I'd say, the denominator needs to be expressed in terms of s, not in terms of G (so that you'll cancel some factors with the numerator). Also I would define diode HP mode not as s^4/(s+1)^4, but s^4 divided by whatever 4th order polynomial is occurring in the denominator (if your denominator's leading coefficient is not 1, you also want to have the same coefficient in the numerator, to make the amplitude response at infinity equal to 1, but that's detail). You also need to find out the numerators corresponding to the modal outputs (with the same polynomial denominator) and then express s^4 as a linear combination of these numerators. This should be doable as long as numerators are linearly independent (and intuitively I don't see a single reason for them not to be). The same can be done for any other numerator (in particular you can take the ones of the transistor ladder).

You probably could do the same in terms of G, but I woudn't immediately know what a highpass numerator would be.
1eqinfinity
KVRist

196 posts since 29 Apr, 2012

Z1202 wrote:I'd say, the denominator needs to be expressed in terms of s, not in terms of G (so that you'll cancel some factors with the numerator).

Indeed, right-hand side gets much cleaner then. (I was solving with d expressed in terms of q = s - 1 from the beginning though, just didn't write it here.) After simplifying the right-hand side and normalizing relative to denominator I have d = q^4 - q^2 + 1/8.

Z1202 wrote:Also I would define diode HP mode not as s^4/(s+1)^4, but s^4 divided by whatever 4th order polynomial is occurring in the denominator (if your denominator's leading coefficient is not 1, you also want to have the same coefficient in the numerator, to make the amplitude response at infinity equal to 1, but that's detail).

Well, tut ya poplyl ) Could you please explain it a bit, because I lack understanding and intuition here. How should I approach the design of desired a transfer function o the left having a set of Yns' transfer functions on the right?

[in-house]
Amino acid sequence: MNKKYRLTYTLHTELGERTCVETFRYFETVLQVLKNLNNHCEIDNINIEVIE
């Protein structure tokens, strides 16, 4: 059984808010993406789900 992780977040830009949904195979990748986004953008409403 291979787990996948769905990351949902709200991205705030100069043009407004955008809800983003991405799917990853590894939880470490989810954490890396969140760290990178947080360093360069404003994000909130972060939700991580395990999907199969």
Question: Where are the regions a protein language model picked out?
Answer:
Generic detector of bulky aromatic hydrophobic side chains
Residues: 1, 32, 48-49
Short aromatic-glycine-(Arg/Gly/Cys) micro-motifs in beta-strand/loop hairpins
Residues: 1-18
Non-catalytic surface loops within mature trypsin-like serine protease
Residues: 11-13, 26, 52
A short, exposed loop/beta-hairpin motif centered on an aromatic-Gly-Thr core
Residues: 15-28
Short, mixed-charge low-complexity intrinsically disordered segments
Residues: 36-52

Z1202
KVRian

954 posts since 11 Apr, 2002

1eqinfinity wrote:
Z1202 wrote:I'd say, the denominator needs to be expressed in terms of s, not in terms of G (so that you'll cancel some factors with the numerator).

Indeed, right-hand side gets much cleaner then. (I was solving with d expressed in terms of q = s - 1 from the beginning though, just didn't write it here.) After simplifying the right-hand side and normalizing relative to denominator I have d = q^4 - q^2 + 1/8.

Z1202 wrote:Also I would define diode HP mode not as s^4/(s+1)^4, but s^4 divided by whatever 4th order polynomial is occurring in the denominator (if your denominator's leading coefficient is not 1, you also want to have the same coefficient in the numerator, to make the amplitude response at infinity equal to 1, but that's detail).

Well, tut ya poplyl ) Could you please explain it a bit, because I lack understanding and intuition here. How should I approach the design of desired a transfer function o the left having a set of Yns' transfer functions on the right?
You can't have an absolutely desired transfer function, because you don't have a choice in terms of the denominator (aside from being able to cancel some of its factors). But you can choose the numerator freely.

For a 4-pole highpass you want an s^4 in the numerator, so that it can give you a 24dB/oct decay towards w=0 (whereas the denominator is approximately constant at w->0, so you asymptotically have a s^4 function). Now look at the numerators which you have (those are the ones of your modal outputs if you express them with a shared denominator, this should be always possible). You need to express s^4 as a linear combination of your numerators, each of them being a polynomial of s. This gives you 4 linear equations (one equation for each power of s).

The trick with s-1 substitution in the book was just a cheap way to avoid solving these equations, employing a particular regularity in the numerators, which is not always there.
1eqinfinity
KVRist

196 posts since 29 Apr, 2012

Z1202 wrote:You can't have an absolutely desired transfer function, because you don't have a choice in terms of the denominator (aside from being able to cancel some of its factors). But you can choose the numerator freely.

Hmm...
As far as I understand the desired transfer function absolutely must be expressable by the powers of s available in stages' transfer functions on the right. If the desired H has some power that is not present on the right, it is impossible to derive it from the current topology, right?

But then the thing that is completely opaque to me is:
Does it mean that we practicaly completely ignore the fact that denominators on the opposite sides are different? Because by "beautifying" the linear combination on the right, i. e. by canceling out some stuff I change the rhs numerator completely.

Thank you for the explanations you've provided so far, it's just that the lack of deep understanding together with new arising questions make my thinking process glitch.

Upd: interesting, are there any cases when it's impossible to have a precise linear combination, but it's possible to build some acceptable approximation from the available stages.
PreviousNext

Moderator: KVR Moderators (Main)